Emtman's forebears on his father's side came from Germany and homesteaded large tracts of land near Spokane and then near Cheney, Wash. They farmed wheat and barley, and they raised cattle. The land—"a few thousand acres," Emtman says—is still in the family. Steve's father, Jim, is a farmer, and so is Steve's brother, Russ. Steve, however, never really caught the farm bug. In the summers of his youth, to avoid doing chores, he trotted off to whatever sports camp was being held in the area. Baseball, basketball, football. For a week or two he would be free of having to haul hay, and this to him was the sweetest gift.
Around the time puberty kicked in, he set up a weight room in the barn behind his house. He had some pretty decent gear in there, and his buddies from town would come over and go at it too, taking turns, urging one another on.
One day Jim Emtman showed up in the barn. Maybe he had heard the noise the boys were making, or maybe there was something he aimed to prove. Steve had put 315 pounds on the bar to see what it looked like. He could bench-press maybe 200 at that point, but the barbell was really amazingly pretty, all dressed up like that. It looked like a pair of Christmas trees lying end to end.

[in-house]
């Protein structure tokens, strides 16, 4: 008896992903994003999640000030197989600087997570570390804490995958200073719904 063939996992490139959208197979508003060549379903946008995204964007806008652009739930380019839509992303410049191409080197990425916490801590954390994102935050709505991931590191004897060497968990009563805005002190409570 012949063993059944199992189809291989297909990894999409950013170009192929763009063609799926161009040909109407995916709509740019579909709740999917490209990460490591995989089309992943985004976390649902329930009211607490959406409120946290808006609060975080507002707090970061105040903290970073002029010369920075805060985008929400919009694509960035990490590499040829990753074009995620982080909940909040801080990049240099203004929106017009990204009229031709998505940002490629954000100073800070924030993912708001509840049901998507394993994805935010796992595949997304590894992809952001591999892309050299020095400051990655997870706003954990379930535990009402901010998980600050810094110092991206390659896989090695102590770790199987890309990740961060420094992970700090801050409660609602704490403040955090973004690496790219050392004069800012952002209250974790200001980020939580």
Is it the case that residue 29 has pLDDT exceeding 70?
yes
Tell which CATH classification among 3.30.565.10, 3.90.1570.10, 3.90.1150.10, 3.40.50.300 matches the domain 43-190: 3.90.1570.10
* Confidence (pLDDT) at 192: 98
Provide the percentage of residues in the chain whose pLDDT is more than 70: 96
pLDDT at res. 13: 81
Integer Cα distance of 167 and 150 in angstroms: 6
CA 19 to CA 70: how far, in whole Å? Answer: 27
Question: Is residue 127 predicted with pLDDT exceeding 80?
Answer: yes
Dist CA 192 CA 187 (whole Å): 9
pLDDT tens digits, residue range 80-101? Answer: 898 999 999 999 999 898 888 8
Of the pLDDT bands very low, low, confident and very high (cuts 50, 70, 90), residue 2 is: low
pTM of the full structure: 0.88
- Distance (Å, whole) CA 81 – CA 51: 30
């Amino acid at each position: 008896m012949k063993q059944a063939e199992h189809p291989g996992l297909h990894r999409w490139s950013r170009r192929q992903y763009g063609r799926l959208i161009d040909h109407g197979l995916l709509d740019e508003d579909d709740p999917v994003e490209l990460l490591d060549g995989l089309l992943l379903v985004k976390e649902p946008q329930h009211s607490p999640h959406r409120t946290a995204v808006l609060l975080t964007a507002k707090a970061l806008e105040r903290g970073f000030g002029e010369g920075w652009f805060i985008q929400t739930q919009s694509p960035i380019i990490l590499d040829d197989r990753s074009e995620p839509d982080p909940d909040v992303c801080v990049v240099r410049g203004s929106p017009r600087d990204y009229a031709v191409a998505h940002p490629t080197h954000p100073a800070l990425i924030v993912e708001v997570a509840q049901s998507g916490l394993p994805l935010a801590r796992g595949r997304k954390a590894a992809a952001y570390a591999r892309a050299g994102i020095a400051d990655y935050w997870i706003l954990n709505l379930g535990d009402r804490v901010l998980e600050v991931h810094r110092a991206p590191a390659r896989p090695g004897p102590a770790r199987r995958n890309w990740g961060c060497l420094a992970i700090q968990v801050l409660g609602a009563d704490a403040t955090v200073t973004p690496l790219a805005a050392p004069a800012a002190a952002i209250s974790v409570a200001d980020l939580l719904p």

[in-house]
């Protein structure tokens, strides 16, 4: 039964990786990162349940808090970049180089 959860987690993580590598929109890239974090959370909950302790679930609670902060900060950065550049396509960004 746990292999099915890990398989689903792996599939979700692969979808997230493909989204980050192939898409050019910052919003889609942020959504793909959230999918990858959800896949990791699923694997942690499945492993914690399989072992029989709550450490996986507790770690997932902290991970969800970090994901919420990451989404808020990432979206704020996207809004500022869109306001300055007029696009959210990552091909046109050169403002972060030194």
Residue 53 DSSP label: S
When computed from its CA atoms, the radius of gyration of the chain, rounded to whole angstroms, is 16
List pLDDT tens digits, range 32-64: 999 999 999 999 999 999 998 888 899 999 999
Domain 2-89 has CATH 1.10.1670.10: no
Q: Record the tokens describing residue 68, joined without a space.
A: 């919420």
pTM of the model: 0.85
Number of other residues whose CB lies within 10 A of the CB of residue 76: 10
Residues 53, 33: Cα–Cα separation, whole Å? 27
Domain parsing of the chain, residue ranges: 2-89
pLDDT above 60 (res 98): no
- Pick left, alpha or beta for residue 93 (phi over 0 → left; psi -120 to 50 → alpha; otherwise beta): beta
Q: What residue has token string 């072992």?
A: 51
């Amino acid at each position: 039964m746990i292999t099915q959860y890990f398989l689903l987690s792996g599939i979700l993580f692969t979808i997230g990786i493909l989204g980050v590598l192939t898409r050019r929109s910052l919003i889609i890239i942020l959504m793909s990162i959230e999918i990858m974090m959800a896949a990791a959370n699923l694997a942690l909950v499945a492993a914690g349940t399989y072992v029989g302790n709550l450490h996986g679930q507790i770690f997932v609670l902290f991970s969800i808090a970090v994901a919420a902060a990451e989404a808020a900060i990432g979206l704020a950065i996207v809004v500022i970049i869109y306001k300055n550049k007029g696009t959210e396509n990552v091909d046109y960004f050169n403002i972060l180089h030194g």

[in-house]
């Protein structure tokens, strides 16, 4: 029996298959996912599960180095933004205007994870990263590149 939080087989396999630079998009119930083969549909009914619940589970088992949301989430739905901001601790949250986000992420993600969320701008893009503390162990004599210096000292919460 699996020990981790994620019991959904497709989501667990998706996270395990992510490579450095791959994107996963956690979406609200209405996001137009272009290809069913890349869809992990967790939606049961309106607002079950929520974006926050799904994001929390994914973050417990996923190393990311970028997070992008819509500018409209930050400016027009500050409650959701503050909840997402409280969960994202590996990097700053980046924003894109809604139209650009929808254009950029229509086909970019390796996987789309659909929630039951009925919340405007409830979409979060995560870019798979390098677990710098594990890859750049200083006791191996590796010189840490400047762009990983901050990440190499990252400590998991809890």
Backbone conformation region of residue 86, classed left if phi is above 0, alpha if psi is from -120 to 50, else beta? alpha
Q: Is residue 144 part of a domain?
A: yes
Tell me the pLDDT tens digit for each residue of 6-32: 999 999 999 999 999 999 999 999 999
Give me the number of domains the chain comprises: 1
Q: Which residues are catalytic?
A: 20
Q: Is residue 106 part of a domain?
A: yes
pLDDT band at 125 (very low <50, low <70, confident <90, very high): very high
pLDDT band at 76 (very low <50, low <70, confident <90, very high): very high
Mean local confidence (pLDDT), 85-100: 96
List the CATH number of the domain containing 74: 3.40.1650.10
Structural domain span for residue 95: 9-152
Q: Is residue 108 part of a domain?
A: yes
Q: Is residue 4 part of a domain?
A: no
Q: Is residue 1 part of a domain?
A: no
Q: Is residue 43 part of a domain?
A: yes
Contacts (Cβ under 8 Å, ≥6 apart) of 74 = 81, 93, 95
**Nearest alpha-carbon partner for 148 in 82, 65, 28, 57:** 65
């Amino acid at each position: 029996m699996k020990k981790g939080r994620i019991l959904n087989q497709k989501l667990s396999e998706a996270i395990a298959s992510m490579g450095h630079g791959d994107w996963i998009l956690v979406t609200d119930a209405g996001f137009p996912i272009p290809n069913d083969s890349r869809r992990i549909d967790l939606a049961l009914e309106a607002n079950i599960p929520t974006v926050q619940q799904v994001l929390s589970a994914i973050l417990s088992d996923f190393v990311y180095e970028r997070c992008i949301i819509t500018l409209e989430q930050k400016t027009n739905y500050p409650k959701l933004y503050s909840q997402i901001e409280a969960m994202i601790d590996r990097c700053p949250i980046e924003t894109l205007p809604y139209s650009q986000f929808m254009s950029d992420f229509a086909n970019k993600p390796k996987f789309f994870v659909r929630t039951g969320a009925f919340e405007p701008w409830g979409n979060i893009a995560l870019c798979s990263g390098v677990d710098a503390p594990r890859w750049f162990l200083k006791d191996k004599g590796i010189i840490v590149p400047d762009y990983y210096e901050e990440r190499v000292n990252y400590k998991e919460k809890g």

"What you got there?" Jim said.
Steve told him, his voice revealing a trace of awe.
Jim wasn't a weightlifter. Knew next to nothing about it, as a matter of fact. But he weighed about 265, and he was a farmer, and farmers aren't like everybody else. Farmers can just automatically do things. So Jim eased himself down on the bench, under the great straining weight. One hand went up, and then the other. His face took on an expression of mild discomfort, and then....
Boom boom boom boom boom boom.
Six times Jim benched the weight.
"Like it was nothing," Steve says. "It was amazing to me that someone could lift that much, let alone my father."
By the time he graduated from high school, Steve could heft that weight and more. A number of colleges in his part of the country were recruiting him, but he didn't attract much interest outside the Northwest. He weighed 275 pounds and ran a 5-flat 40, and everyone wanted him to play offensive tackle.